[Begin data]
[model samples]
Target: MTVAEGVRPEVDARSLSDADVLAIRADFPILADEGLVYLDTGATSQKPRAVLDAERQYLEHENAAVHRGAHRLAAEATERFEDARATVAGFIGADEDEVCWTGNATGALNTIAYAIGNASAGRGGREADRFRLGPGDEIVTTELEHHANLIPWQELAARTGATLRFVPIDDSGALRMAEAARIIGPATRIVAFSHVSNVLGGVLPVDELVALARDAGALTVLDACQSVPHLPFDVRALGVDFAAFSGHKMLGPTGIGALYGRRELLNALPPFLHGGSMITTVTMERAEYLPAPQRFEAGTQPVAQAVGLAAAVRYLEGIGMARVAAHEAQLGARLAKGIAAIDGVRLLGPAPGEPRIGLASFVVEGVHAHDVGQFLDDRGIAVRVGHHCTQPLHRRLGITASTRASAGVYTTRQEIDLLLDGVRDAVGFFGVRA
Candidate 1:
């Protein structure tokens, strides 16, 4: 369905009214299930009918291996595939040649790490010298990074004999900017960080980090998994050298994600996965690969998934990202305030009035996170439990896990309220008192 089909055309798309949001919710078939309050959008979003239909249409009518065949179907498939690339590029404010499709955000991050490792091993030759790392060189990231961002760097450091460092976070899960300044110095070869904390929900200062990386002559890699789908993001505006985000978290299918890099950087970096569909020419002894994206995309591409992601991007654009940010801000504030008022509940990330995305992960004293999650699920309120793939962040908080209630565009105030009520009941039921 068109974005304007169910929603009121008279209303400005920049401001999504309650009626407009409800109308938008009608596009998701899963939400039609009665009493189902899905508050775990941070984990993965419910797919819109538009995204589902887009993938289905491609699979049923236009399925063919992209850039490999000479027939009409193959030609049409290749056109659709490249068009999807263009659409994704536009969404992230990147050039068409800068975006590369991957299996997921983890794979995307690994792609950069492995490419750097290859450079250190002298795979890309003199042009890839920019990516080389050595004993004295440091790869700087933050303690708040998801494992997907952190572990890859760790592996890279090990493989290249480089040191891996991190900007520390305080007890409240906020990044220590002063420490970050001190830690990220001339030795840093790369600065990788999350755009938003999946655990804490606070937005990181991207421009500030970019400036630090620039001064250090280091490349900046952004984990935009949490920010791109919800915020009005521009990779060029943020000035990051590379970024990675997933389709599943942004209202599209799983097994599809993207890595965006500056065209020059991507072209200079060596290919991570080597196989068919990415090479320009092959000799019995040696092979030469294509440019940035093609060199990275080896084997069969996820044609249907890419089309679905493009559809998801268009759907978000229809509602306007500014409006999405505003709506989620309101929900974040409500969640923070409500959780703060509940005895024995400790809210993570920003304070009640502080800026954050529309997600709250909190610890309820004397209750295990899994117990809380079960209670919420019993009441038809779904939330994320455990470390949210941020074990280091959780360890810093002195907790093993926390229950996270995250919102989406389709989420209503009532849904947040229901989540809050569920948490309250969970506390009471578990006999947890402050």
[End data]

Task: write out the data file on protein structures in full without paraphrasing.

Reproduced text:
[model samples]
Target: MTVAEGVRPEVDARSLSDADVLAIRADFPILADEGLVYLDTGATSQKPRAVLDAERQYLEHENAAVHRGAHRLAAEATERFEDARATVAGFIGADEDEVCWTGNATGALNTIAYAIGNASAGRGGREADRFRLGPGDEIVTTELEHHANLIPWQELAARTGATLRFVPIDDSGALRMAEAARIIGPATRIVAFSHVSNVLGGVLPVDELVALARDAGALTVLDACQSVPHLPFDVRALGVDFAAFSGHKMLGPTGIGALYGRRELLNALPPFLHGGSMITTVTMERAEYLPAPQRFEAGTQPVAQAVGLAAAVRYLEGIGMARVAAHEAQLGARLAKGIAAIDGVRLLGPAPGEPRIGLASFVVEGVHAHDVGQFLDDRGIAVRVGHHCTQPLHRRLGITASTRASAGVYTTRQEIDLLLDGVRDAVGFFGVRA
Candidate 1:
């Protein structure tokens, strides 16, 4: 369905009214299930009918291996595939040649790490010298990074004999900017960080980090998994050298994600996965690969998934990202305030009035996170439990896990309220008192 089909055309798309949001919710078939309050959008979003239909249409009518065949179907498939690339590029404010499709955000991050490792091993030759790392060189990231961002760097450091460092976070899960300044110095070869904390929900200062990386002559890699789908993001505006985000978290299918890099950087970096569909020419002894994206995309591409992601991007654009940010801000504030008022509940990330995305992960004293999650699920309120793939962040908080209630565009105030009520009941039921 068109974005304007169910929603009121008279209303400005920049401001999504309650009626407009409800109308938008009608596009998701899963939400039609009665009493189902899905508050775990941070984990993965419910797919819109538009995204589902887009993938289905491609699979049923236009399925063919992209850039490999000479027939009409193959030609049409290749056109659709490249068009999807263009659409994704536009969404992230990147050039068409800068975006590369991957299996997921983890794979995307690994792609950069492995490419750097290859450079250190002298795979890309003199042009890839920019990516080389050595004993004295440091790869700087933050303690708040998801494992997907952190572990890859760790592996890279090990493989290249480089040191891996991190900007520390305080007890409240906020990044220590002063420490970050001190830690990220001339030795840093790369600065990788999350755009938003999946655990804490606070937005990181991207421009500030970019400036630090620039001064250090280091490349900046952004984990935009949490920010791109919800915020009005521009990779060029943020000035990051590379970024990675997933389709599943942004209202599209799983097994599809993207890595965006500056065209020059991507072209200079060596290919991570080597196989068919990415090479320009092959000799019995040696092979030469294509440019940035093609060199990275080896084997069969996820044609249907890419089309679905493009559809998801268009759907978000229809509602306007500014409006999405505003709506989620309101929900974040409500969640923070409500959780703060509940005895024995400790809210993570920003304070009640502080800026954050529309997600709250909190610890309820004397209750295990899994117990809380079960209670919420019993009441038809779904939330994320455990470390949210941020074990280091959780360890810093002195907790093993926390229950996270995250919102989406389709989420209503009532849904947040229901989540809050569920948490309250969970506390009471578990006999947890402050």